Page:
After adopting the findings of the PSR and acknowledging the United States’ Section 5K1.1 motion, the district court sentenced Hines to a 40-month term of incarceration “[p]ursuant to the Sentencing Reform Act and after consideration of all the factors of 3553(a)” and Hines’s “personal characteristics or involvement.” ROA.93-94. The court entered its judgment and written statement of reasons on April 6, 2017; there, the court stated that the applicable Guidelines range was 63 to 78 months but that it departed downward to the 40-month sentence because of the United States’ Section 5K1.1 motion. ROA.113-114; see also ROA.22-26. Hines timely appealed that same day. ROA.27.

SUMMARY OF ARGUMENT

Hines’s 40-month, within-Guidelines sentence was substantively reasonable and did not create any unwarranted disparity.

Hines did not and does not challenge the applicable Guidelines range, which was 63 to 78 months. The court departed downward from that range. Hines’s 40month sentence is presumptively reasonable, and Hines does not rebut the presumption. Citing no authority in support, Hines merely asks this Court to reweigh factors that the district court considered and rejected as a basis for an even lower sentence. The district court, which was well aware of Hines’s specific

 

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conduct, sentenced Hines to 40 months because he beat a compliant arrestee who was not resisting; falsified a report regarding the incident; lied about the incident to federal investigators; and admitted to engaging in five to six other excessive force incidents. A 40-month sentence for this extensive wrongdoing was well within the district court’s discretion.

There are also no unwarranted sentencing disparities. Hines compares his sentence to those of his co-defendants. This, however, ignores the applicable legal standard, which requires him to compare his sentence to nationwide sentences for similar conduct. Conducting the proper inquiry reveals that a 40-month sentence for beating an arrestee without justification and trying to cover it up is well within the range of reasonable sentences. Even if this Court compares Hines’s sentence to that of his co-defendants, there is no unwarranted disparity. Specifically, Hines’s comparison of his sentence to that of Robert Burns fails because Burns pleaded guilty only to a misdemeanor offense, while Hines pleaded guilty to a felony. Hines’s comparison of his sentence to that of Jason Comeaux, who also received a 40-month sentence, fails as well because Comeaux’s cooperation with the United States’ investigation was more extensive than Hines’s. The district court was within its discretion to balance culpability and cooperation and to conclude that the same sentence for Hines and Comeaux was appropriate.

 

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ARGUMENT

THE DISTRICT COURT’S WITHIN-GUIDELINES SENTENCE IS SUBSTANTIVELY REASONABLE AND DOES NOT CREATE ANY UNWARRANTED SENTENCING DISPARITIES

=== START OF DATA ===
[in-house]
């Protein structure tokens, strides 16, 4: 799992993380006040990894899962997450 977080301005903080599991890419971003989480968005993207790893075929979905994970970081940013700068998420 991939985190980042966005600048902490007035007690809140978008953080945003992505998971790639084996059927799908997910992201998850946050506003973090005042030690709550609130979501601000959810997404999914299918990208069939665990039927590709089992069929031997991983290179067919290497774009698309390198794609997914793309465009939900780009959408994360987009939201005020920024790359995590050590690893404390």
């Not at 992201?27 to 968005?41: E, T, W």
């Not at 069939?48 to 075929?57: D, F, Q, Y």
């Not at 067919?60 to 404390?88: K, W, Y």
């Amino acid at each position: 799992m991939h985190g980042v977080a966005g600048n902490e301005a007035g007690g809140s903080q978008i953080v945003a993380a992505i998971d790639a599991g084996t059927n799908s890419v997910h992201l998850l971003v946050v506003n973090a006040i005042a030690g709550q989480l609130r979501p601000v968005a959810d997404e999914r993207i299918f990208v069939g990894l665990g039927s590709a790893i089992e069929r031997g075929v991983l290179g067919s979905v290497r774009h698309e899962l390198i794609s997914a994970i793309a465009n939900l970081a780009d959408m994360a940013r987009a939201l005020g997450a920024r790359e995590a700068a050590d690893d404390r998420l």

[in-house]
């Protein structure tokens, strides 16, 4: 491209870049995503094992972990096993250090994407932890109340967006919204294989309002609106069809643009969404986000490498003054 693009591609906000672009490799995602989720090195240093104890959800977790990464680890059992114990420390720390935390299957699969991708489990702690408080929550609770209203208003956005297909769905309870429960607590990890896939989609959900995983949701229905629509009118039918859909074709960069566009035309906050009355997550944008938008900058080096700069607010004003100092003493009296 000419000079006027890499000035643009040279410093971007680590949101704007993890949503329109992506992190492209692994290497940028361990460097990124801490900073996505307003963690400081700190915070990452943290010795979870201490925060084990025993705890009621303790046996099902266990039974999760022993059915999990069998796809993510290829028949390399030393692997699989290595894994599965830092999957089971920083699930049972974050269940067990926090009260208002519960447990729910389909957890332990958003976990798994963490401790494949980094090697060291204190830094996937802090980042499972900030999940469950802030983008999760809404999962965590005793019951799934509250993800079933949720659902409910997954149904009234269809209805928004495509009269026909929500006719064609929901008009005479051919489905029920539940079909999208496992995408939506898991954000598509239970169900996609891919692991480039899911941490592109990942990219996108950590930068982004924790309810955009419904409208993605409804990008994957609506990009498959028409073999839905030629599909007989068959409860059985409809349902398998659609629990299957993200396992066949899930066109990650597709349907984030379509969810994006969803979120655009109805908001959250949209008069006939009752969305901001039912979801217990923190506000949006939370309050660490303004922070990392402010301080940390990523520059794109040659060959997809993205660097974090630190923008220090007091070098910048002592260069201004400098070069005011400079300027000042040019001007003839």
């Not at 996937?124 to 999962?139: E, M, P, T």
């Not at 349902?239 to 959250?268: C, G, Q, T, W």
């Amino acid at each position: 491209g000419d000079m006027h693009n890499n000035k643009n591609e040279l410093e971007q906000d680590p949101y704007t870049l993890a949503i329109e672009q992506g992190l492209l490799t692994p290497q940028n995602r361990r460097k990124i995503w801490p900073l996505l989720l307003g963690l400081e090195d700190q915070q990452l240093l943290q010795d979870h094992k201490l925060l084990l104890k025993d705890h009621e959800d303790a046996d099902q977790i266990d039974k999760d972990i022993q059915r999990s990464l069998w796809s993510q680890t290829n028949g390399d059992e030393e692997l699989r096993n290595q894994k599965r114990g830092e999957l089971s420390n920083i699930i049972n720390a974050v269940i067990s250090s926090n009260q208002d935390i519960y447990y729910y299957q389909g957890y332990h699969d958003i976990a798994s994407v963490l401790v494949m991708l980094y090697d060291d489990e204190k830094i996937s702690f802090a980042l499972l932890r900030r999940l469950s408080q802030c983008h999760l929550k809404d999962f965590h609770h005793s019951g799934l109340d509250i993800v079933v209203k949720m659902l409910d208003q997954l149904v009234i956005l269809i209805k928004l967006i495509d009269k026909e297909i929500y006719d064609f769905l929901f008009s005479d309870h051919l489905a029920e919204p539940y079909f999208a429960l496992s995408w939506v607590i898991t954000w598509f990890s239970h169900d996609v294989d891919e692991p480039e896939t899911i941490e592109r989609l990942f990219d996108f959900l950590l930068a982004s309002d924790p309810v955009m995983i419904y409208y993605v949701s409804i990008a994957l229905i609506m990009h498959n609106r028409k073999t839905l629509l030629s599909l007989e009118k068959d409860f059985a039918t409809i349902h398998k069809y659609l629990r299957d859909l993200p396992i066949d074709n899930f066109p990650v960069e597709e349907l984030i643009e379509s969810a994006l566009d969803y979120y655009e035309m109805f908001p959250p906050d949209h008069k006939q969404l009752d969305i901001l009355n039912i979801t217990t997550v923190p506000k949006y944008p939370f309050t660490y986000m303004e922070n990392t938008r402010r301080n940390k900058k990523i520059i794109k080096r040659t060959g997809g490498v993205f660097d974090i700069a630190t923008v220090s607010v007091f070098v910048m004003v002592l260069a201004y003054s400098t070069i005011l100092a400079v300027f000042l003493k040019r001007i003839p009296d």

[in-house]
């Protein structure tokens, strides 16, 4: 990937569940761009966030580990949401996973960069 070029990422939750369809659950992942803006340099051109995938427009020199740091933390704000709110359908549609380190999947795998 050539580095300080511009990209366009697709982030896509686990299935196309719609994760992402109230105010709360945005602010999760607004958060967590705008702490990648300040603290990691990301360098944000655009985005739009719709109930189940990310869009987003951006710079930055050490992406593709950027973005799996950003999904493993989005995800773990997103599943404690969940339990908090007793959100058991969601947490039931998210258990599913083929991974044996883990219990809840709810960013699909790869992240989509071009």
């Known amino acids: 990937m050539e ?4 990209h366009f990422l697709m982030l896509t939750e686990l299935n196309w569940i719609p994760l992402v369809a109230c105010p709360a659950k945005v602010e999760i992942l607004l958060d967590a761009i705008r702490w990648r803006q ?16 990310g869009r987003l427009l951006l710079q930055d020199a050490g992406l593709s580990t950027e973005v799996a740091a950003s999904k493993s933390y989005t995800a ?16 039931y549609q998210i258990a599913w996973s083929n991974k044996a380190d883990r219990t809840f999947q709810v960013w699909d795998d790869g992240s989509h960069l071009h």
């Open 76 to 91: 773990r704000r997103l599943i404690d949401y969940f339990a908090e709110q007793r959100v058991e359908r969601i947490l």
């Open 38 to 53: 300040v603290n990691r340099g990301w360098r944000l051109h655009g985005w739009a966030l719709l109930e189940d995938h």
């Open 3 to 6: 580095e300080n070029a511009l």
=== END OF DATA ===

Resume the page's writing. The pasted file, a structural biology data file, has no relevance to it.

A. Standard Of Review

This Court reviews Hines’s “sentence for substantive reasonableness under an abuse-of-discretion standard of review.” United States v. Duhon, 541 F.3d 391, 399 (5th Cir. 2008). “Appellate review is highly deferential as the sentencing judge is in a superior position to find facts and judge their import under § 3553(a) with respect to a particular defendant.” United States v. Campos-Maldonado, 531 F.3d 337, 339 (5th Cir.), cert. denied, 555 U.S. 935 (2008). “When, in its discretion, a court imposes a sentence falling within a properly calculated guideline range, such a sentence is presumptively reasonable.” United States v. Medina-Argueta, 454 F.3d 479, 481 (5th Cir. 2006); United States v. Simpson, 796 F.3d 548, 557 (5th Cir. 2015) (“We presume sentences within or below the calculated guidelines range are reasonable.”), cert. denied, 136 S. Ct. 920 (2016).

B. The 40-Month, Within-Guidelines Sentence Is Substantively Reasonable In Light Of The Record And Does Not Create Any Unwarranted Disparity

1. The 40-Month Sentence Is Substantively Reasonable In Light Of Hines’s Extensive Wrongdoing, And This Court Should Reject Hines’s Invitation To Reweigh Factors That The District Court Considered

The Guidelines called for a 63- to 78-month sentence in this case (ROA.133), and Hines never challenged that advisory range. The district court

 

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sentenced Hines to 40 months after departing downward from that range in light of the United States’ motion under Guidelines Section 5K1.1.3 ROA.94; ROA.113116.
That sentence is presumptively reasonable. See Simpson, 796 F.3d at 557. The “presumption is rebutted only upon a showing that the sentence does not
account for a factor that should receive significant weight, it gives significant weight to an irrelevant or improper factor, or it represents a clear error of judgment
in balancing sentencing factors.” United States v. Cooks, 589 F.3d 173, 186 (5th Cir. 2009), cert. denied, 559 U.S. 1024 (2010).

Hines, who argues only that the court should have balanced the factors differently, does not rebut the presumption. Hines’s principal argument (Br. 25,
27-30) seems to be that the district court should have given more weight to the notion that his offense conduct was “vastly less serious” than the conduct of the